Yogis Score High on Happiness


By Angela Pirisi  |  

No matter how much we lust after worldly objects and material pleasures, in the end, we all just want to be happy. But despite our efforts, happiness often eludes us. Now the ranks of science have stepped in to help unravel the secrets of this precious state of being. And they’re discovering what yogis have known all along.

Happiness, it seems, has a biological component. Groundbreaking studies conducted by University of Wisconsin psychologist Richard Davidson over the past decade have shown that people who report high rates of happy feelings have a larger and more active left prefrontal cortex than their depressed counterparts. Other studies have concluded that happiness may be a matter of genetics. A 1996 study of 1,500 pairs of twins at the University of Minnesota found that, on a self-report happiness scale, adult twins were highly matched in their scores despite variations in income, marital status, and education.

Happiness also seems to lie outside the limits of material wealth and life events. Winning the lottery may tip the emotional scales at first, but most people return to a certain grade of happiness within three months. This is nothing new to the practitioners of yoga. As Dr. R.M. Matthijs Cornelissen of the Sri Aurobindo Ashram in Pondicherry, India, explains, “In the Vedic tradition, ananda, or delight, is seen as being present in the essence of everything that exists. Happiness is thus not something that depends on what you have, but what you are.”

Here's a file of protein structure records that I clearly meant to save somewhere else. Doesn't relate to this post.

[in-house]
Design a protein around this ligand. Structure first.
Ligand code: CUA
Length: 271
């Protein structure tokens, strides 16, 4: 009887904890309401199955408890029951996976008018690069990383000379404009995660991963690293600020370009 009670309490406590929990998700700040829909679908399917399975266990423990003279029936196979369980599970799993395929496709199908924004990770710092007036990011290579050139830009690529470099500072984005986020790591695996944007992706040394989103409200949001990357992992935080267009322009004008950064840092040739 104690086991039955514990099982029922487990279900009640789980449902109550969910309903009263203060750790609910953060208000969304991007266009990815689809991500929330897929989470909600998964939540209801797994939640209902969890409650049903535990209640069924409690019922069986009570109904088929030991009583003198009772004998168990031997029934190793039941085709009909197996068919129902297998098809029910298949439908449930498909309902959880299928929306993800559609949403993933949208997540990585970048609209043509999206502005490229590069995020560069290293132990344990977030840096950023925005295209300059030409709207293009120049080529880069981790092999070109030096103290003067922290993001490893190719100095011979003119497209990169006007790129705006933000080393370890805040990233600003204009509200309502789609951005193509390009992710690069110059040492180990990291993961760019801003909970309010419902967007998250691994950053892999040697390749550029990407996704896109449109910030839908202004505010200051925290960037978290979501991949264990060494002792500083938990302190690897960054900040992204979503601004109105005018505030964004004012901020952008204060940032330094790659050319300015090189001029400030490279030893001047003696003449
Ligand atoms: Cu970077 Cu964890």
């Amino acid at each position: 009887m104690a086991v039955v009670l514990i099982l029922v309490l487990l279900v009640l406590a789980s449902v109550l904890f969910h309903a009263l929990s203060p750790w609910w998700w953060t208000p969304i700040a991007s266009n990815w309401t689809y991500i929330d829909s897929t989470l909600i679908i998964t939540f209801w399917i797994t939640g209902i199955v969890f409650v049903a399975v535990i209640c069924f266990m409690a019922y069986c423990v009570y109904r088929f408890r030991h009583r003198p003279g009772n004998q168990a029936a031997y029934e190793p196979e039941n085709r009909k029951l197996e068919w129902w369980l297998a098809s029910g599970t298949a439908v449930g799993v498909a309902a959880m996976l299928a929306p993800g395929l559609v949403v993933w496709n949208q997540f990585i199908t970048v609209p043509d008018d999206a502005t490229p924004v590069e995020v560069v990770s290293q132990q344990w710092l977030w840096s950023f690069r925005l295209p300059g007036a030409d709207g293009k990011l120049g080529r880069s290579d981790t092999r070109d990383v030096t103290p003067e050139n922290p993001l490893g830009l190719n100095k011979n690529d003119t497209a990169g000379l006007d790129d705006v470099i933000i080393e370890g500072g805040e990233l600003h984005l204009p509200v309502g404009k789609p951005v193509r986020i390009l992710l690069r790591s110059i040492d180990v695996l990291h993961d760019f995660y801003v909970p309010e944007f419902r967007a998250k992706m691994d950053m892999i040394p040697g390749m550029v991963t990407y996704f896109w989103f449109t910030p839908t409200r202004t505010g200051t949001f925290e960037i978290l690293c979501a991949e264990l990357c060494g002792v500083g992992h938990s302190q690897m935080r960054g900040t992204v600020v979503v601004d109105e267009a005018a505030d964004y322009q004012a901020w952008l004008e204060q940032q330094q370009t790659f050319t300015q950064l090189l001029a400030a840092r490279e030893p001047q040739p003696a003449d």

In fact, many studies suggest that yoga can effect positive states of mind, despite life’s highs and lows. In 1993, a British team measured the effects of three relaxation techniqueschair sitting, visualization, and yogaand found that yoga resulted in the greatest increase in alertness, mental and physical energy, and lust for life. Likewise, a 1994 German study, which compared a group of women practicing hatha yoga to a second group that did not, found that the yoginis showed markedly higher scores in life satisfaction, and lower scores in aggressiveness, emotionality, and sleep problems.

“Yoga primarily changes your consciousness, which includes your way of looking at things,” says Cornelissen. “In the process, many aspects of your physical functioning also change, including your brain chemistry.”

Whether we use yoga or some other self-affirming behavior, it’s clear that even born-to-be-negative types can choose to cultivate happiness. Just as a bad mood can become a bad habit that perpetuates unhappiness, so can nurturing positive feelings lead to a more permanent positive state of mind.